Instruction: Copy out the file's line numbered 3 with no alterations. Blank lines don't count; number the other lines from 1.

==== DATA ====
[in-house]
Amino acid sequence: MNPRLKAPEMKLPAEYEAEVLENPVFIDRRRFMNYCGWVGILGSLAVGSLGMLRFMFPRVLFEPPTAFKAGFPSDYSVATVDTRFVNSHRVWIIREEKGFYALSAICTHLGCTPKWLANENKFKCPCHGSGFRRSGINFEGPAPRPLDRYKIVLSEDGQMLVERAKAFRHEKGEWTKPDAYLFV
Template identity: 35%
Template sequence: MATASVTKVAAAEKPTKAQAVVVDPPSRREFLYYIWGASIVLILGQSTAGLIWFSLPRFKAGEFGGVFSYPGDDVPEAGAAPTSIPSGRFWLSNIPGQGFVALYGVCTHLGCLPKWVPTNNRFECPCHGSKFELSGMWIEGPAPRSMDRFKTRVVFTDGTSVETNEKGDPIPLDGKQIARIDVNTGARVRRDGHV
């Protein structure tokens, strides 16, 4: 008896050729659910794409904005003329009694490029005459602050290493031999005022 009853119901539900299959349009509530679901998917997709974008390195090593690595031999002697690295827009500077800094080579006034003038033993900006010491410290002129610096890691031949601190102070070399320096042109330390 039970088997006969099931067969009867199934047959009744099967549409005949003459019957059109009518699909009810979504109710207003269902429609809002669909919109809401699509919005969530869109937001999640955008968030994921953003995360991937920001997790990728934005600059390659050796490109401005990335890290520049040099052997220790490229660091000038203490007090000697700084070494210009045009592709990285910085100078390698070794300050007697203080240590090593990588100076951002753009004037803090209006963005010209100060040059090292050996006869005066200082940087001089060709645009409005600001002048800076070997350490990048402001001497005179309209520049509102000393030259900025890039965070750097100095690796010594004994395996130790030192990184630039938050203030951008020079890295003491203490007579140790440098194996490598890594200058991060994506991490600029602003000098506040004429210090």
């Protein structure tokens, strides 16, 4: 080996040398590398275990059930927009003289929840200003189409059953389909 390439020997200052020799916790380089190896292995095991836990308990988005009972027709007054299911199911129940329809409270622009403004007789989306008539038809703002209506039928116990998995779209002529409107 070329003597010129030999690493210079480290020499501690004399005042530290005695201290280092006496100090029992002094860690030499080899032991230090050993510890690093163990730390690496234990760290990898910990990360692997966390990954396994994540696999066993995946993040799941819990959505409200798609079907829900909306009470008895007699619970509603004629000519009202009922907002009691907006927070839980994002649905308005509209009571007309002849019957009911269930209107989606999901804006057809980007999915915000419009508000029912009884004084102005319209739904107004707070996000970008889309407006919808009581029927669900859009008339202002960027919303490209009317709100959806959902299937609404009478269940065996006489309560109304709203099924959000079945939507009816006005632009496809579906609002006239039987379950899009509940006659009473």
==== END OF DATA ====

Template identity: 35%